NVM Express has released the NVMe 2.0 family of specifications. The restructured NVMe 2.0 specifications would allow for faster and easier NVMe solution development to serve an increasingly diverse NVMe device environment, which now includes hard disk drives (HDDs).

Photo Amber Huffman, President of NVM Express
“We have rearchitected the NVMe 2.0 library of specifications to meet the evolving demands of the future of storage,” said Amber Huffman, President of NVM Express.

With more than 130 members, NVM Express is a non-profit organization focused on enabling broad ecosystem adoption of high performance and low latency non-volatile memory (NVM) storage through a standards-based approach.

The specifications’ extensibility would encourage the creation of independent command sets such as Zoned Namespaces (ZNS) and Key Value (KV). This would also allow support for the various underlying transport protocols used by NVMe and NVMe over Fabrics (NVMe-oFTM) technologies.

NVMe hosting, whether on hard drives or SSDs, has a number of advantages over traditional SATA-based hosting options. So, it’s actually no surprise that it has become a popular choice among businesses and major corporations. NVMe-powered dedicated servers do not only improve performance, they also save energy. NVMe may also provide a better overall user experience.

“We have rearchitected the NVMe 2.0 library of specifications to meet the evolving demands of the future of storage,” said Amber Huffman, President of NVM Express. “NVMe technology has unified client, cloud and enterprise storage around a common command set and architecture. Our Technical Work Group has worked diligently to optimize the features of the NVMe 2.0 specifications for diverse market segments, allowing for emerging use cases and opening new NVMe device types.”

Key NVMe 2.0 features would include:

  • The ZNS specification defines a zoned storage device interface that enables data placement collaboration between the SSD and the host. Data can be aligned to the physical media of the SSD using ZNS, which improves overall device performance and cost while also increasing the media capacity available to the host.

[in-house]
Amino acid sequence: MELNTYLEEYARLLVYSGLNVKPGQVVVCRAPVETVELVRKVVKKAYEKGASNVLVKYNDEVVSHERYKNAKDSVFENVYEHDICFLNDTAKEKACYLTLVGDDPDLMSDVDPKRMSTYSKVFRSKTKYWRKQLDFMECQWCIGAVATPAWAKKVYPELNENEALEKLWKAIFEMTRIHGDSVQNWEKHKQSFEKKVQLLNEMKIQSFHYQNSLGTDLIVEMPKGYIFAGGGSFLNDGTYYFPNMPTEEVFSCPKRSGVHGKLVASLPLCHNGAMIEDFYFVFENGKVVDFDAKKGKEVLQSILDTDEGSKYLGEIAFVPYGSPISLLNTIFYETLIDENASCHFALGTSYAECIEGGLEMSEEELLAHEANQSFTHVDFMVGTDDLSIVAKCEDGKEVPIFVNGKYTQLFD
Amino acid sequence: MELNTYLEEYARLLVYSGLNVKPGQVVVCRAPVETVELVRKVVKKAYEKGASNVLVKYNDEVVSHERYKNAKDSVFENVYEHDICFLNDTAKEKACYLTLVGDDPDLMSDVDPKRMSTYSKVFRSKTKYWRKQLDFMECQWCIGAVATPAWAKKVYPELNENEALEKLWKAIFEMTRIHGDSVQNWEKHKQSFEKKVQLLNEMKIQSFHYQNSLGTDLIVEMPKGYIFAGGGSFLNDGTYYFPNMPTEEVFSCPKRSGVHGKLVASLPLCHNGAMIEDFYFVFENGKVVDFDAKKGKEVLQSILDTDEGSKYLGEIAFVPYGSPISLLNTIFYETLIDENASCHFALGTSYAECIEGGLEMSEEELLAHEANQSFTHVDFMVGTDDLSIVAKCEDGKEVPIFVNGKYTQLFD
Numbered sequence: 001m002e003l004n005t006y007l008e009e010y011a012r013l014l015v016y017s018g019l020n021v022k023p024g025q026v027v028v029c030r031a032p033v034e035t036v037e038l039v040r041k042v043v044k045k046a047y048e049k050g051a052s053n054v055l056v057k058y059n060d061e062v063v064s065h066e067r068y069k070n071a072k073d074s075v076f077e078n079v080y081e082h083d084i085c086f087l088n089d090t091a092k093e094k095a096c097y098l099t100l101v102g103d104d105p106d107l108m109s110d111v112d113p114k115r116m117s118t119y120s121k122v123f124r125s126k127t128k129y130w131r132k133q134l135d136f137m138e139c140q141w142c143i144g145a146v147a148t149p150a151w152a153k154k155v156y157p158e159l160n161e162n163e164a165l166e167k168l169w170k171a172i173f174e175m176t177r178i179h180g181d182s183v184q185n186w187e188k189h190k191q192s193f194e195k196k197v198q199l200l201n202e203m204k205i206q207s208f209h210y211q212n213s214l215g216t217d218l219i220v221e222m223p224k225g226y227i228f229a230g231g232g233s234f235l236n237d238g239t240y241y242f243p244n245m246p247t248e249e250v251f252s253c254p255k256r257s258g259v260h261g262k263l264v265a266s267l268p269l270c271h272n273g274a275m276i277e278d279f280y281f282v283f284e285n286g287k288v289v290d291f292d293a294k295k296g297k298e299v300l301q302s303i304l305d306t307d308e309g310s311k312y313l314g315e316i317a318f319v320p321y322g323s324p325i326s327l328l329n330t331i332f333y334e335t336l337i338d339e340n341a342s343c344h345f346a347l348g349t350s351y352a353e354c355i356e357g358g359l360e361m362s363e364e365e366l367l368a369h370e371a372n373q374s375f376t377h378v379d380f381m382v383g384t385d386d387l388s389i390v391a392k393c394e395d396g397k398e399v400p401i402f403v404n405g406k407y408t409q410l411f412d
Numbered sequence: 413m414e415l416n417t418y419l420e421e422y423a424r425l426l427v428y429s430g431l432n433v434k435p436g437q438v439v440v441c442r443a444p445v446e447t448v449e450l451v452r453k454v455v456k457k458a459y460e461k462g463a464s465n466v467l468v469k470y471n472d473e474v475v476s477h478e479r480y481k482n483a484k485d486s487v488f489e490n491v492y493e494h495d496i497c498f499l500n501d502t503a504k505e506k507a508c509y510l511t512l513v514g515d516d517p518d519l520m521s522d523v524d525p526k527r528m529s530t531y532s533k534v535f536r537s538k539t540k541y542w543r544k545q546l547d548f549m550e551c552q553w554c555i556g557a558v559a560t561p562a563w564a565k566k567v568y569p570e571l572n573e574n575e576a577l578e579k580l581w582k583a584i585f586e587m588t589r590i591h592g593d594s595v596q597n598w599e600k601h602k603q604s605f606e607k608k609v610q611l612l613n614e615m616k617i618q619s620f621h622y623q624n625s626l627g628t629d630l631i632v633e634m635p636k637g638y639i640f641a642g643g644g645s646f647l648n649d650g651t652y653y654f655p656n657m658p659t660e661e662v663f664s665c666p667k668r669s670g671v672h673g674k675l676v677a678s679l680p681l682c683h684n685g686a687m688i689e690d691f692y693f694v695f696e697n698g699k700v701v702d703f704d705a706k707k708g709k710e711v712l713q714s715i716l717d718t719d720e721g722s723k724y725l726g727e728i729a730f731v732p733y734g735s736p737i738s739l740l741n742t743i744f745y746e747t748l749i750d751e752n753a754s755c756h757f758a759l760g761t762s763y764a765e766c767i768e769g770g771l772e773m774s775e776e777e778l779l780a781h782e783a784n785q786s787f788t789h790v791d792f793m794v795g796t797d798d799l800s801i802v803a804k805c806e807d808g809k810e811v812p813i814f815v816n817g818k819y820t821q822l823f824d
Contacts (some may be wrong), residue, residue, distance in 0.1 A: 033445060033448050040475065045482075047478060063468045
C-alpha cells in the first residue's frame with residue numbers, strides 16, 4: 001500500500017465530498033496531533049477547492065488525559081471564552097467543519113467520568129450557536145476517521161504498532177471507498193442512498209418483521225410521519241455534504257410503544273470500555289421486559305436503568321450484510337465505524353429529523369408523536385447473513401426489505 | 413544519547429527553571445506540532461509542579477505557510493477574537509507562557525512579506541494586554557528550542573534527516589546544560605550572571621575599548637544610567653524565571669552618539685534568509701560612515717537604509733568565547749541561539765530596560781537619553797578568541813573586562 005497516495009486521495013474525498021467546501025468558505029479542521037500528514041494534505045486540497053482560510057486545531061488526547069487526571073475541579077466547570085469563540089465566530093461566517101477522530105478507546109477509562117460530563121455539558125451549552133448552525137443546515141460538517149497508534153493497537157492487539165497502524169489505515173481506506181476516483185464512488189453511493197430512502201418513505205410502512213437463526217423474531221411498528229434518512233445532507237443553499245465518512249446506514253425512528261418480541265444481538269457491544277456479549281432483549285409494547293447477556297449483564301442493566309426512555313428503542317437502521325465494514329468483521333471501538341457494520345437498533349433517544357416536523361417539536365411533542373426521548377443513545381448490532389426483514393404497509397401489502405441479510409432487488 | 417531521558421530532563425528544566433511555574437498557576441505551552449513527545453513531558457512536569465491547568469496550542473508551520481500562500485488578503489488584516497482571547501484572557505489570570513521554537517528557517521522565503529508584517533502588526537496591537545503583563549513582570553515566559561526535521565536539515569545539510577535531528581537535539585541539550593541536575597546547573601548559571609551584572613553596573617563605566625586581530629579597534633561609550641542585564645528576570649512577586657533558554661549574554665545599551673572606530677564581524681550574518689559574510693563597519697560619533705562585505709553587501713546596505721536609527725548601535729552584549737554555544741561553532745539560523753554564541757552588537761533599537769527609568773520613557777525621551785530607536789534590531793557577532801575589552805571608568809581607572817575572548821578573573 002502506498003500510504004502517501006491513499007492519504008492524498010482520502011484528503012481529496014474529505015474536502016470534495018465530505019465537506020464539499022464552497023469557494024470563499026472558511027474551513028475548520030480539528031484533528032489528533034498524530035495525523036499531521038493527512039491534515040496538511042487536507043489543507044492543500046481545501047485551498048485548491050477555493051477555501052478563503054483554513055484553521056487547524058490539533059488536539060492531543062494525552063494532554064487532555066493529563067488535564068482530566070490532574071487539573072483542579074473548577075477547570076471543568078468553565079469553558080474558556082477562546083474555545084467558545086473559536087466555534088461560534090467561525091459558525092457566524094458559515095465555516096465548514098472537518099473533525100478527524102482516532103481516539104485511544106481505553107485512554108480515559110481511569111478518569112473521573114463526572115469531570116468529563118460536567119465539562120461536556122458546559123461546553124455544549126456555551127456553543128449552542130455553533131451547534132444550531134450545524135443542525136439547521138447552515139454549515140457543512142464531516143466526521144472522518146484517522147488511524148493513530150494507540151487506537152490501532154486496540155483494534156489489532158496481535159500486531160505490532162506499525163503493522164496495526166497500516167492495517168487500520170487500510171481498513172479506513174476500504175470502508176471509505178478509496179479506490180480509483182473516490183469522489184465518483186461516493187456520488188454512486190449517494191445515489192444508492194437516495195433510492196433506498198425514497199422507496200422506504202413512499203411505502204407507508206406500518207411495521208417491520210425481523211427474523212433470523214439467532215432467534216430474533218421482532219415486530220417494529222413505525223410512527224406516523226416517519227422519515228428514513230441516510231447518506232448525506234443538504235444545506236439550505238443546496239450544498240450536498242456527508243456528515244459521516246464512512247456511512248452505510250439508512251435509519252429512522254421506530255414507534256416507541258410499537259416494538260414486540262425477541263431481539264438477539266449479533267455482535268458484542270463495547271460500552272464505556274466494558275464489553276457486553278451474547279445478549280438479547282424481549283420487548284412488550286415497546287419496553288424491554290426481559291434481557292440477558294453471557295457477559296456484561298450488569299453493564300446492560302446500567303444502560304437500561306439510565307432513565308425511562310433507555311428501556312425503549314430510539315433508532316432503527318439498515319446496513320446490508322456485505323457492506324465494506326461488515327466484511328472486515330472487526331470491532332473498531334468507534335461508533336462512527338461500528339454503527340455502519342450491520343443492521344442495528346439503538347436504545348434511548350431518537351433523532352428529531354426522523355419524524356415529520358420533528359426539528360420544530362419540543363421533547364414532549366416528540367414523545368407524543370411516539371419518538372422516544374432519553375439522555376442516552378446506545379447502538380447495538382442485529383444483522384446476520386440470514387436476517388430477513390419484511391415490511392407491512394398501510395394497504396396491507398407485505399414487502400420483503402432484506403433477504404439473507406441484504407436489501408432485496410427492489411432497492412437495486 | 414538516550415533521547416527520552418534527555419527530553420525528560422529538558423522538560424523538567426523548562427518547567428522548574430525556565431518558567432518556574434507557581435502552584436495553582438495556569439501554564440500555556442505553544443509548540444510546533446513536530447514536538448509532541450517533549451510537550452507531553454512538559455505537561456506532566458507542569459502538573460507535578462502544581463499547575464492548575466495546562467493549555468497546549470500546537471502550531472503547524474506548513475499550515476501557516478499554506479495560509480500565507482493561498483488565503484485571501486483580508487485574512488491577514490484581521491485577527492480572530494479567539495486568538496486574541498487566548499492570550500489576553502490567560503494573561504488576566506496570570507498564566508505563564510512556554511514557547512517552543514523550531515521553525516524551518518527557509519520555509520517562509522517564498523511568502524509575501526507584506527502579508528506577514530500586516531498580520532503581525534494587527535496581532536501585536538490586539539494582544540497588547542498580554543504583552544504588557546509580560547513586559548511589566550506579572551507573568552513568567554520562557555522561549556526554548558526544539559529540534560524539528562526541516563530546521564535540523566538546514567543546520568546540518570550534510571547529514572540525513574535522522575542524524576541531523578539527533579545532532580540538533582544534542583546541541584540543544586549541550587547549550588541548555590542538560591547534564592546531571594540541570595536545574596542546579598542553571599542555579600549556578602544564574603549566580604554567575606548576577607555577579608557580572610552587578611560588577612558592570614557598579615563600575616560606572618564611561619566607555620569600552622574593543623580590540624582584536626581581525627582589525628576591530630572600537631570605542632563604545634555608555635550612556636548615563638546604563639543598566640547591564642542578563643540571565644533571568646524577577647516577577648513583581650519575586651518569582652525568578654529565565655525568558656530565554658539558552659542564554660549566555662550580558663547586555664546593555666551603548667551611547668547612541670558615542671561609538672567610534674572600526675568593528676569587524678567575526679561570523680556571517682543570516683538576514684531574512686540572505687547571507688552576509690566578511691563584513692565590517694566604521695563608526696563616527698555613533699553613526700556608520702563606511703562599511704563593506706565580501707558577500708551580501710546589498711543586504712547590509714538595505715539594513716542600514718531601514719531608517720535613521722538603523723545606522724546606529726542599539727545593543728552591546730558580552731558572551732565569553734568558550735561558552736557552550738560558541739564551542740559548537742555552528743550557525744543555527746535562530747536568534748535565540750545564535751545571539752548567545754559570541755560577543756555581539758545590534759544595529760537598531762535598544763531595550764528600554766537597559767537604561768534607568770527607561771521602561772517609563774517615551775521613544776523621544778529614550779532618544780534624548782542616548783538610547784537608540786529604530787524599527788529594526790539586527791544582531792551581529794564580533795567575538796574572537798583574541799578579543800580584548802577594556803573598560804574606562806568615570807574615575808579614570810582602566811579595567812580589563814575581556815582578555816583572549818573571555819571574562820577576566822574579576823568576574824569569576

• The KV Command Set uses a key instead of a block address to access data on an NVMe SSD controller. KV eliminates the overhead of translation tables between keys and logical blocks by allowing programs to communicate directly with the drive using key-value pairs.
  • Namespace Types provide a means for an NVMe SSD controller to implement the various command sets established in the NVMe 2.0 release, as well as a future command set path.
  • NVMe Endurance Group Management allows media to be organized into Endurance Groups, allowing for more granular access to the SSD and better control.
  • With upgrades to functionality, management capabilities, and other changes required for HDD support, Rotational Media support enables support for HDD on NVMe technology.
  • The behavior of firmware upgrades for complicated systems with numerous controllers is defined by Multiple Controller Firmware Update.
  • Showdown control from enclosure management is now possible, allowing for easier management of several drives at once.
  • Simple Copy Command offloads copy operations from many source LBAs to a single destination LBA, copying data from one namespace on the drive.
  • 32/64 bit CRC increases the size of the protective information and data protection to 32 and 64 bits, enabling for additional types of meta data use cases.
  • After a system is provided, Command Group Control prevents undesired changes and safeguards the system from unintentional or malicious alterations.
  • Backwards compatibility with earlier NVMe generations is maintained in the NVMe 2.0 specifications.

View the full NVMe 2.0 library of specifications here.

“NVMe technology is the leading interface for SSDs, with overall worldwide enterprise SSD capacity expected to grow at a 43% compound annual growth rate into 2024,” said Jeff Janukowicz, research vice president, IDC. “NVMe architecture is designed for future SSD development and form factors, as we enter a new era in hyperscale and enterprise computing that drives digital transformation.”